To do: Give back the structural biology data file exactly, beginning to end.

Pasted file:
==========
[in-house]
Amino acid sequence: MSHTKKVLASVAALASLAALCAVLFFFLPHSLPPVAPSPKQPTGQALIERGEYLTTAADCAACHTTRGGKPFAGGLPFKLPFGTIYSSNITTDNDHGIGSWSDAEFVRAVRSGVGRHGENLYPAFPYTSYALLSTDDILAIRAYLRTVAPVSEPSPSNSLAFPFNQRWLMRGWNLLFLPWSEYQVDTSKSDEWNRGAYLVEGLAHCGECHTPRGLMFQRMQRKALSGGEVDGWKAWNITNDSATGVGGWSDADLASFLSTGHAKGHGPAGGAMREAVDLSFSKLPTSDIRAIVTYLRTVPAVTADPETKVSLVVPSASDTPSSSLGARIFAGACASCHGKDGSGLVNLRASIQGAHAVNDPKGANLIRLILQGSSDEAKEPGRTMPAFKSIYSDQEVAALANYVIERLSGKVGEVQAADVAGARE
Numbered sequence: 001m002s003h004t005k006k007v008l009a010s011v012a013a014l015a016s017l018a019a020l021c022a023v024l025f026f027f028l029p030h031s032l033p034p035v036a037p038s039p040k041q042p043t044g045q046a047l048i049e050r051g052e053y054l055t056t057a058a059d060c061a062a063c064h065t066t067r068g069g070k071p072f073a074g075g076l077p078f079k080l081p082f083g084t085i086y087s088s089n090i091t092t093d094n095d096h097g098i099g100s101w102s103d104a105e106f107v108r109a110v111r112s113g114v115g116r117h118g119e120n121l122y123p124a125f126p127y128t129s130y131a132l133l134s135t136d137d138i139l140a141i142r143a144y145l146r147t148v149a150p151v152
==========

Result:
[in-house]
Amino acid sequence: MSHTKKVLASVAALASLAALCAVLFFFLPHSLPPVAPSPKQPTGQALIERGEYLTTAADCAACHTTRGGKPFAGGLPFKLPFGTIYSSNITTDNDHGIGSWSDAEFVRAVRSGVGRHGENLYPAFPYTSYALLSTDDILAIRAYLRTVAPVSEPSPSNSLAFPFNQRWLMRGWNLLFLPWSEYQVDTSKSDEWNRGAYLVEGLAHCGECHTPRGLMFQRMQRKALSGGEVDGWKAWNITNDSATGVGGWSDADLASFLSTGHAKGHGPAGGAMREAVDLSFSKLPTSDIRAIVTYLRTVPAVTADPETKVSLVVPSASDTPSSSLGARIFAGACASCHGKDGSGLVNLRASIQGAHAVNDPKGANLIRLILQGSSDEAKEPGRTMPAFKSIYSDQEVAALANYVIERLSGKVGEVQAADVAGARE
Numbered sequence: 001m002s003h004t005k006k007v008l009a010s011v012a013a014l015a016s017l018a019a020l021c022a023v024l025f026f027f028l029p030h031s032l033p034p035v036a037p038s039p040k041q042p043t044g045q046a047l048i049e050r051g052e053y054l055t056t057a058a059d060c061a062a063c064h065t066t067r068g069g070k071p072f073a074g075g076l077p078f079k080l081p082f083g084t085i086y087s088s089n090i091t092t093d094n095d096h097g098i099g100s101w102s103d104a105e106f107v108r109a110v111r112s113g114v115g116r117h118g119e120n121l122y123p124a125f126p127y128t129s130y131a132l133l134s135t136d137d138i139l140a141i142r143a144y145l146r147t148v149a150p151v152